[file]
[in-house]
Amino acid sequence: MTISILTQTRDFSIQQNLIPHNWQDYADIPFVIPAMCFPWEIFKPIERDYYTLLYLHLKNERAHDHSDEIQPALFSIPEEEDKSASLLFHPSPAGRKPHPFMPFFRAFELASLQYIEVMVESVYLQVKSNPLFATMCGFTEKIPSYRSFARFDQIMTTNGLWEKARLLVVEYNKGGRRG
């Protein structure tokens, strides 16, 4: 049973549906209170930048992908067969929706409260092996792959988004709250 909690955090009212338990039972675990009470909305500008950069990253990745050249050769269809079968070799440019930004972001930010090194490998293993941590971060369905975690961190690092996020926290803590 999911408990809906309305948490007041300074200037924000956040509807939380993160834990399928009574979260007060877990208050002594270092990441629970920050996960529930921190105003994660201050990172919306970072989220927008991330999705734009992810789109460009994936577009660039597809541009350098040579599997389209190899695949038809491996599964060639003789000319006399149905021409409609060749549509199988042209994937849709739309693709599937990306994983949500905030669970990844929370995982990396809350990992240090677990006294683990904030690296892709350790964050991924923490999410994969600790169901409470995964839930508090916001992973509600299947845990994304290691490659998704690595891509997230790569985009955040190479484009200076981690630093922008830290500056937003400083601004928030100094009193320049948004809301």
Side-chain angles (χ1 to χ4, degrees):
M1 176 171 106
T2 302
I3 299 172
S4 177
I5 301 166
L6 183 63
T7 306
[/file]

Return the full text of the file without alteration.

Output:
[in-house]
Amino acid sequence: MTISILTQTRDFSIQQNLIPHNWQDYADIPFVIPAMCFPWEIFKPIERDYYTLLYLHLKNERAHDHSDEIQPALFSIPEEEDKSASLLFHPSPAGRKPHPFMPFFRAFELASLQYIEVMVESVYLQVKSNPLFATMCGFTEKIPSYRSFARFDQIMTTNGLWEKARLLVVEYNKGGRRG
């Protein structure tokens, strides 16, 4: 049973549906209170930048992908067969929706409260092996792959988004709250 909690955090009212338990039972675990009470909305500008950069990253990745050249050769269809079968070799440019930004972001930010090194490998293993941590971060369905975690961190690092996020926290803590 999911408990809906309305948490007041300074200037924000956040509807939380993160834990399928009574979260007060877990208050002594270092990441629970920050996960529930921190105003994660201050990172919306970072989220927008991330999705734009992810789109460009994936577009660039597809541009350098040579599997389209190899695949038809491996599964060639003789000319006399149905021409409609060749549509199988042209994937849709739309693709599937990306994983949500905030669970990844929370995982990396809350990992240090677990006294683990904030690296892709350790964050991924923490999410994969600790169901409470995964839930508090916001992973509600299947845990994304290691490659998704690595891509997230790569985009955040190479484009200076981690630093922008830290500056937003400083601004928030100094009193320049948004809301």
Side-chain angles (χ1 to χ4, degrees):
M1 176 171 106
T2 302
I3 299 172
S4 177
I5 301 166
L6 183 63
T7 306